Lastly, what’s the deal with “the angels.” R.C. Sproul Jr. wrote, “I don’t know.” I have a good guess: every church has an angel that watches over it, as indicated by Revelation 1:20. So, what Paul is conveying is simple: We should be obedient to the ordinances set forth in the Scripture because God is watching and we are held accountable.

Judge for yourselves: is it proper for a woman to pray to God with her head uncovered (akatakalupton)? Does not even nature itself teach you that if a man has long hair, it is a dishonor to him, but if a woman has long hair, it is a glory to her? For her hair is given to her for a covering (peribolaiou).

Two points can be made here. First, long hair is not a proper “head covering” for a woman. The word in the Greek is different for one and the injunction “if you don’t cover your head, then cut all your hair off” doesn’t make any sense unless Paul is only against medium-length hair.

Second, Paul is making a cultural argument here, appealing to the tastes of the Corinthians (“Does not even nature teach you?”) While some people say that this proves that this whole section applies only to the people of that era, the fact that Paul only later appeals to people’s good sense proves that the main thrust of his argument is not cultural at all. The covering issues between men and women has metaphysical importance, as it reflects the nature of the Father and the Son. Further, as Paul made clear in his reasoning, men’s and women’s order in creation necessitates it.

But if one is inclined to be contentious, we have no other practice, nor have the churches of God.

Now, if what Paul was really saying was, “As long as women submit to men and have some sort of literal, or even non-literal ‘sign’ of submission, that’s fine,”  it is quite striking that the Holy Spirit put the words in his mouth stating that the church universally follows the ordinance and we should not contend or alter it in any way. Apparently, GOd likes wasting his words and confusing us with a useless ordinance, or He wants to emphasize through Paul that we shouldn’t dispute the ordinance and just do it.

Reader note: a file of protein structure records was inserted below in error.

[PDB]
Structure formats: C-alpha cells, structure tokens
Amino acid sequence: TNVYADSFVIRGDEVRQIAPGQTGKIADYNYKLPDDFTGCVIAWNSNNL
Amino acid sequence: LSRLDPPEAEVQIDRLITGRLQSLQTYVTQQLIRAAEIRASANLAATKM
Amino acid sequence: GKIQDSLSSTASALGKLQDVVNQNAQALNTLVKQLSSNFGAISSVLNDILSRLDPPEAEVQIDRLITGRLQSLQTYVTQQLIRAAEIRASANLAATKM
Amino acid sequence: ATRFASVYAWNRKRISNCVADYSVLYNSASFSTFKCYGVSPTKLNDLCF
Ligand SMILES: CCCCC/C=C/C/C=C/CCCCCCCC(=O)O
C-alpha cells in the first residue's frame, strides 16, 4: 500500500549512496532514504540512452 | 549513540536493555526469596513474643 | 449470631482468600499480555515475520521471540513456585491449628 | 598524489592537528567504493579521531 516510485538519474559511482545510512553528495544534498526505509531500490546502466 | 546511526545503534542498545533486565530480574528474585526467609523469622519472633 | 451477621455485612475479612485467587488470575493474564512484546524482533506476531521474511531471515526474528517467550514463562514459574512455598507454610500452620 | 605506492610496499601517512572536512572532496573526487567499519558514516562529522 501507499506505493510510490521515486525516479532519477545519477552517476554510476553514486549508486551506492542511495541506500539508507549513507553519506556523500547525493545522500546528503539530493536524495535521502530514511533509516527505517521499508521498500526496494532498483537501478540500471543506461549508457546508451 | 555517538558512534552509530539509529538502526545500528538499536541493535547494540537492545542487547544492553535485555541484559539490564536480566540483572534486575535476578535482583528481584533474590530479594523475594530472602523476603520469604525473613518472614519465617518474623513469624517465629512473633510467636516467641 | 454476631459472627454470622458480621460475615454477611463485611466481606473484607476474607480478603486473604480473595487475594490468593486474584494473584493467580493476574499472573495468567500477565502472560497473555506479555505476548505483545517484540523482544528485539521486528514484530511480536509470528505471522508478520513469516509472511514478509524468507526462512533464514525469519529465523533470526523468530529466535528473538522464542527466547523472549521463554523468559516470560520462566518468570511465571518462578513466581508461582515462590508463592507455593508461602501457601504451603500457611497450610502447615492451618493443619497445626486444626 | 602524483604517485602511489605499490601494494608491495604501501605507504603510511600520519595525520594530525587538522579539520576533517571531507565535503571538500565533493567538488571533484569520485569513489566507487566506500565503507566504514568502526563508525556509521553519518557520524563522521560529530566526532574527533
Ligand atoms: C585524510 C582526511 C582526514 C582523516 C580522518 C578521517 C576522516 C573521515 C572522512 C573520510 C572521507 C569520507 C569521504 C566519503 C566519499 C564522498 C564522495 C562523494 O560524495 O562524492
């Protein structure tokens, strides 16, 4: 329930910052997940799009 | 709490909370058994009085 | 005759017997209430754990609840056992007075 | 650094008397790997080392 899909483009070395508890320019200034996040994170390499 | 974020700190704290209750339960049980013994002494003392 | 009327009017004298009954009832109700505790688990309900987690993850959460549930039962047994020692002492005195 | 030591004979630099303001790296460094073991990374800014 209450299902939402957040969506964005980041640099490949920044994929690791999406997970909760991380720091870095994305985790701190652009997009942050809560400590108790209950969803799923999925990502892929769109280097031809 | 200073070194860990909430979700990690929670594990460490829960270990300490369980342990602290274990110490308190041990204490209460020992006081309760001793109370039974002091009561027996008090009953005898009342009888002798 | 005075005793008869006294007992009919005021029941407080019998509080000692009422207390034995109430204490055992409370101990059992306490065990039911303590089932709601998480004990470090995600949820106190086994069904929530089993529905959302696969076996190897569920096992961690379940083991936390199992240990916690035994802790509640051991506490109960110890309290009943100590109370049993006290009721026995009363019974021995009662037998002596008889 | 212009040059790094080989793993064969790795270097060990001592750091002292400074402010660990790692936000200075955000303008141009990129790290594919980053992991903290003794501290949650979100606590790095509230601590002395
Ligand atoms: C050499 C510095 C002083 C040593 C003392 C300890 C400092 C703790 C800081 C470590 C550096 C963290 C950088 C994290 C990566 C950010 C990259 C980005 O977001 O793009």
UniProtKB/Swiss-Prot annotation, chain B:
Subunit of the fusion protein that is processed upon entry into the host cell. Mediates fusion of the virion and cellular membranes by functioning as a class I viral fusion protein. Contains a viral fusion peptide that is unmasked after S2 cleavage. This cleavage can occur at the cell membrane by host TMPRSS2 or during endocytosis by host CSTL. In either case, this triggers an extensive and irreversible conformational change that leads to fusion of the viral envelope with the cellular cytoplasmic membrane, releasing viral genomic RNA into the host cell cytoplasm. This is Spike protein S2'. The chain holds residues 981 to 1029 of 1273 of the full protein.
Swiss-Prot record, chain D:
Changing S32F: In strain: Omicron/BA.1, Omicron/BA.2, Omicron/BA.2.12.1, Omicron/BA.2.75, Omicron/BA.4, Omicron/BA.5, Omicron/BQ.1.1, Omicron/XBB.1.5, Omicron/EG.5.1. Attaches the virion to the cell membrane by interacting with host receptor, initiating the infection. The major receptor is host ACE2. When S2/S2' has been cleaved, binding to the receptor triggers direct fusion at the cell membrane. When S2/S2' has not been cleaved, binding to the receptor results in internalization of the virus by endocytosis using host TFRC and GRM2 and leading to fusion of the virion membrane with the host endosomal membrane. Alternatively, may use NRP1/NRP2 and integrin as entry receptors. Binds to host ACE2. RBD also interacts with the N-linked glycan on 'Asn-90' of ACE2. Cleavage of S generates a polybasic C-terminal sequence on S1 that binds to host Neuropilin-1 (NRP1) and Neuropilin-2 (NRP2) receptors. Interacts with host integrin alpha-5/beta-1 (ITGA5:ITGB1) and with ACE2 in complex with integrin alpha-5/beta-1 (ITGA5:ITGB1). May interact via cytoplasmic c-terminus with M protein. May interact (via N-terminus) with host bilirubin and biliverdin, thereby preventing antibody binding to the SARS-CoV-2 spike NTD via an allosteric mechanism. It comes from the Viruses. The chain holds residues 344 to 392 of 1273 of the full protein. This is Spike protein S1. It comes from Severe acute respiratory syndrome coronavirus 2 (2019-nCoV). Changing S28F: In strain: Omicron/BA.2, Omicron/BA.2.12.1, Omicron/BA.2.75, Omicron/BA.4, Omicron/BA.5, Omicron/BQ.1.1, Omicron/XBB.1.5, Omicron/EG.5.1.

Now, to modern western readers, we would like to take his words in a non-literal sense: “Paul can’t mean we have to really have to care what is on or not on our heads, right?” However, as Paul clearly lays out, it would be just as offensive to alter the head covering ordinance as it would be to use cookies and grape soda in place of bread and wine in the Lord’s supper. In fact, cookies and grape soda would actually be a more faithful rendition of the ordinance than ignoring head coverings all together. At least those treats share ingredients with bread and wine!

Further, there was zero debate about head coverings until about 60 years ago. In the second century Tertullian noted that the whole church used head coverings for worship, but that there were other debates raging such as whether unmarried women should be compelled to wear head coverings. How could the whole church, which in the second century covered dozens of cultural and linguistic groups, have all equally understood that covering the head meant simply the wearing of head coverings for women apart from it being a serious, universally accepted practice? If it was merely a narrow cultural context in Corinth, the practice would have not spread to Armenia, Libya, Italy and other far off places where people didn’t dress the same.

My last gripe: “Cultural context” is the most abused biblical interpretation there is. It has been used to make homosexuality and fornication not a sin, destroy doctrine, and morph church governance into a 20th century egalitarian mold which God does not intend (for he does not love one century’s cultural norms more than the next). Our cultural norms should conform to Scripture, not the other way around.

The honest biblical interpreter should not even think of saying the issue of head coverings is “cultural” when the Greek does not lend itself to that interpretation, and neither does history or Paul’s logic in the passage. Thus, it requires special pleading to deny the traditional view of head coverings and it is time we abandon this practice of picking and choosing which ordinances we like and which are “out of date.” We do all things for the glory of God.

P.S. Just in case there is any confusion, this issue does not make or break one’s salvation. Rather, I see it as a matter of faithful obedience to God. Someone who has been redeemed from just punishment because God paid his penalty for him would want to be obedient to all of God’s ordinances with God’s help.

P.S.S. The Head Covering Movement linked to this article. Props to them for uploading the R.C. Sproul video above.